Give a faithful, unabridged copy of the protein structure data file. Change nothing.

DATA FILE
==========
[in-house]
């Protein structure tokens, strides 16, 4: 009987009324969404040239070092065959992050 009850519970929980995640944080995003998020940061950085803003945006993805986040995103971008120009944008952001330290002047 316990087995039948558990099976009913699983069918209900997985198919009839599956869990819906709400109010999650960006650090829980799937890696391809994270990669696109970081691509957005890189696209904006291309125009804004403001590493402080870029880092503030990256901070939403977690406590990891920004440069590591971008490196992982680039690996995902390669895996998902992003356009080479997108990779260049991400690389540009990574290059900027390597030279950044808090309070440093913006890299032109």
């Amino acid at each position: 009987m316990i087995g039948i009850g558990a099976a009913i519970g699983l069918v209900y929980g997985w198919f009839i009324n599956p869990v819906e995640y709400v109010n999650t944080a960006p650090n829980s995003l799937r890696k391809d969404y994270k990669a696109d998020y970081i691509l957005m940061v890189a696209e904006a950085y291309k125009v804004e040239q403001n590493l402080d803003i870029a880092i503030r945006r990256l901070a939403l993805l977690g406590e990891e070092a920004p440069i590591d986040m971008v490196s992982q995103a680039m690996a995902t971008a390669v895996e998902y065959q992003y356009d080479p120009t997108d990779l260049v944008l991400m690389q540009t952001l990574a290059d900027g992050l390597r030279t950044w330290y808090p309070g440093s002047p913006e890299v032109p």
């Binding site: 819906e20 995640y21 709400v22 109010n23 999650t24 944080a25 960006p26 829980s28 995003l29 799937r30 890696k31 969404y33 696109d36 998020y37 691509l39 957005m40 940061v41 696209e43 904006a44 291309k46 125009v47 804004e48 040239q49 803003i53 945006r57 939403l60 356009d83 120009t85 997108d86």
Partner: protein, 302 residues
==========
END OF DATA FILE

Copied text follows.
[in-house]
């Protein structure tokens, strides 16, 4: 009987009324969404040239070092065959992050 009850519970929980995640944080995003998020940061950085803003945006993805986040995103971008120009944008952001330290002047 316990087995039948558990099976009913699983069918209900997985198919009839599956869990819906709400109010999650960006650090829980799937890696391809994270990669696109970081691509957005890189696209904006291309125009804004403001590493402080870029880092503030990256901070939403977690406590990891920004440069590591971008490196992982680039690996995902390669895996998902992003356009080479997108990779260049991400690389540009990574290059900027390597030279950044808090309070440093913006890299032109």
């Amino acid at each position: 009987m316990i087995g039948i009850g558990a099976a009913i519970g699983l069918v209900y929980g997985w198919f009839i009324n599956p869990v819906e995640y709400v109010n999650t944080a960006p650090n829980s995003l799937r890696k391809d969404y994270k990669a696109d998020y970081i691509l957005m940061v890189a696209e904006a950085y291309k125009v804004e040239q403001n590493l402080d803003i870029a880092i503030r945006r990256l901070a939403l993805l977690g406590e990891e070092a920004p440069i590591d986040m971008v490196s992982q995103a680039m690996a995902t971008a390669v895996e998902y065959q992003y356009d080479p120009t997108d990779l260049v944008l991400m690389q540009t952001l990574a290059d900027g992050l390597r030279t950044w330290y808090p309070g440093s002047p913006e890299v032109p």
């Binding site: 819906e20 995640y21 709400v22 109010n23 999650t24 944080a25 960006p26 829980s28 995003l29 799937r30 890696k31 969404y33 696109d36 998020y37 691509l39 957005m40 940061v41 696209e43 904006a44 291309k46 125009v47 804004e48 040239q49 803003i53 945006r57 939403l60 356009d83 120009t85 997108d86």
Partner: protein, 302 residues